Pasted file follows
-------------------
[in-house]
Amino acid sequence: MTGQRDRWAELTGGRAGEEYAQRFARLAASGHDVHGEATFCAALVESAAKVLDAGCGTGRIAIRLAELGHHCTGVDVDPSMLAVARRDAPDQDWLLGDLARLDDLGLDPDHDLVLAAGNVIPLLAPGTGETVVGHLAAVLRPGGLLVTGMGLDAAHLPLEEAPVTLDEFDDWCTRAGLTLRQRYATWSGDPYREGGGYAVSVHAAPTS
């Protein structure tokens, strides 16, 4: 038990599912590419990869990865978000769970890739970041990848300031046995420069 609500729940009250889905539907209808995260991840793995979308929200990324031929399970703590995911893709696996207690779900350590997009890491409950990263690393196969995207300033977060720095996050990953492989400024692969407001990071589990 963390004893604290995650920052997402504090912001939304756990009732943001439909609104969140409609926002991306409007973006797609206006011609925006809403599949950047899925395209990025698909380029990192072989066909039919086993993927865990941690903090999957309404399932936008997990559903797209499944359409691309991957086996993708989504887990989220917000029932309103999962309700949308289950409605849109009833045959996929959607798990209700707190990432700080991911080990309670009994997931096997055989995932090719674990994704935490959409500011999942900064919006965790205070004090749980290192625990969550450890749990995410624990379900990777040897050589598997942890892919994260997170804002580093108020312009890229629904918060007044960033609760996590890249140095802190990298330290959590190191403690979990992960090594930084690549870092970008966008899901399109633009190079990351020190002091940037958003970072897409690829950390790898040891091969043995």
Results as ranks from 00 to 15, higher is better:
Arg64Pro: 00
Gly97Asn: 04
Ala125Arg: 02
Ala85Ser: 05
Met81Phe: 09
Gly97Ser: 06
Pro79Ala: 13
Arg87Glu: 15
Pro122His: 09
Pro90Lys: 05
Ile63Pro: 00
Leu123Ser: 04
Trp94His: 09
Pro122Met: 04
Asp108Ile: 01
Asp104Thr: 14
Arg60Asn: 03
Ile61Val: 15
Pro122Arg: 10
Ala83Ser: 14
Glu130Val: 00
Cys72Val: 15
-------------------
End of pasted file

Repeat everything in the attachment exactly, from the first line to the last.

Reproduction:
[in-house]
Amino acid sequence: MTGQRDRWAELTGGRAGEEYAQRFARLAASGHDVHGEATFCAALVESAAKVLDAGCGTGRIAIRLAELGHHCTGVDVDPSMLAVARRDAPDQDWLLGDLARLDDLGLDPDHDLVLAAGNVIPLLAPGTGETVVGHLAAVLRPGGLLVTGMGLDAAHLPLEEAPVTLDEFDDWCTRAGLTLRQRYATWSGDPYREGGGYAVSVHAAPTS
């Protein structure tokens, strides 16, 4: 038990599912590419990869990865978000769970890739970041990848300031046995420069 609500729940009250889905539907209808995260991840793995979308929200990324031929399970703590995911893709696996207690779900350590997009890491409950990263690393196969995207300033977060720095996050990953492989400024692969407001990071589990 963390004893604290995650920052997402504090912001939304756990009732943001439909609104969140409609926002991306409007973006797609206006011609925006809403599949950047899925395209990025698909380029990192072989066909039919086993993927865990941690903090999957309404399932936008997990559903797209499944359409691309991957086996993708989504887990989220917000029932309103999962309700949308289950409605849109009833045959996929959607798990209700707190990432700080991911080990309670009994997931096997055989995932090719674990994704935490959409500011999942900064919006965790205070004090749980290192625990969550450890749990995410624990379900990777040897050589598997942890892919994260997170804002580093108020312009890229629904918060007044960033609760996590890249140095802190990298330290959590190191403690979990992960090594930084690549870092970008966008899901399109633009190079990351020190002091940037958003970072897409690829950390790898040891091969043995």
Results as ranks from 00 to 15, higher is better:
Arg64Pro: 00
Gly97Asn: 04
Ala125Arg: 02
Ala85Ser: 05
Met81Phe: 09
Gly97Ser: 06
Pro79Ala: 13
Arg87Glu: 15
Pro122His: 09
Pro90Lys: 05
Ile63Pro: 00
Leu123Ser: 04
Trp94His: 09
Pro122Met: 04
Asp108Ile: 01
Asp104Thr: 14
Arg60Asn: 03
Ile61Val: 15
Pro122Arg: 10
Ala83Ser: 14
Glu130Val: 00
Cys72Val: 15